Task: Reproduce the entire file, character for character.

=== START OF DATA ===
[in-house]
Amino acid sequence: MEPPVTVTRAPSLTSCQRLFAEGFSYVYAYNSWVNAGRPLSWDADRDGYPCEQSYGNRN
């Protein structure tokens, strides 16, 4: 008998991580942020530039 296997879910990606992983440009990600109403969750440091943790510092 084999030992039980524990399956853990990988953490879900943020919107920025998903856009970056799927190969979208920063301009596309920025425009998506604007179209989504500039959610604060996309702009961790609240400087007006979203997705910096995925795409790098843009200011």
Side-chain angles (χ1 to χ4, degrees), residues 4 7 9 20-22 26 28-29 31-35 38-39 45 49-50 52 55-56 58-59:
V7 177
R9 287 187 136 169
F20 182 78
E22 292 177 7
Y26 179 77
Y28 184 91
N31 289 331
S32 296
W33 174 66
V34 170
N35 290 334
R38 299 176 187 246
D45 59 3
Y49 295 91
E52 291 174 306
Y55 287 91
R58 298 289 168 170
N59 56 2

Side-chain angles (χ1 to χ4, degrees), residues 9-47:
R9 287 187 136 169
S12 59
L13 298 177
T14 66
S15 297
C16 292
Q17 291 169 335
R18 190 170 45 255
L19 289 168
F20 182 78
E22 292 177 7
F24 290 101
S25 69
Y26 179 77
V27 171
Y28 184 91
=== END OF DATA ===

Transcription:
[in-house]
Amino acid sequence: MEPPVTVTRAPSLTSCQRLFAEGFSYVYAYNSWVNAGRPLSWDADRDGYPCEQSYGNRN
């Protein structure tokens, strides 16, 4: 008998991580942020530039 296997879910990606992983440009990600109403969750440091943790510092 084999030992039980524990399956853990990988953490879900943020919107920025998903856009970056799927190969979208920063301009596309920025425009998506604007179209989504500039959610604060996309702009961790609240400087007006979203997705910096995925795409790098843009200011």
Side-chain angles (χ1 to χ4, degrees), residues 4 7 9 20-22 26 28-29 31-35 38-39 45 49-50 52 55-56 58-59:
V7 177
R9 287 187 136 169
F20 182 78
E22 292 177 7
Y26 179 77
Y28 184 91
N31 289 331
S32 296
W33 174 66
V34 170
N35 290 334
R38 299 176 187 246
D45 59 3
Y49 295 91
E52 291 174 306
Y55 287 91
R58 298 289 168 170
N59 56 2

Side-chain angles (χ1 to χ4, degrees), residues 9-47:
R9 287 187 136 169
S12 59
L13 298 177
T14 66
S15 297
C16 292
Q17 291 169 335
R18 190 170 45 255
L19 289 168
F20 182 78
E22 292 177 7
F24 290 101
S25 69
Y26 179 77
V27 171
Y28 184 91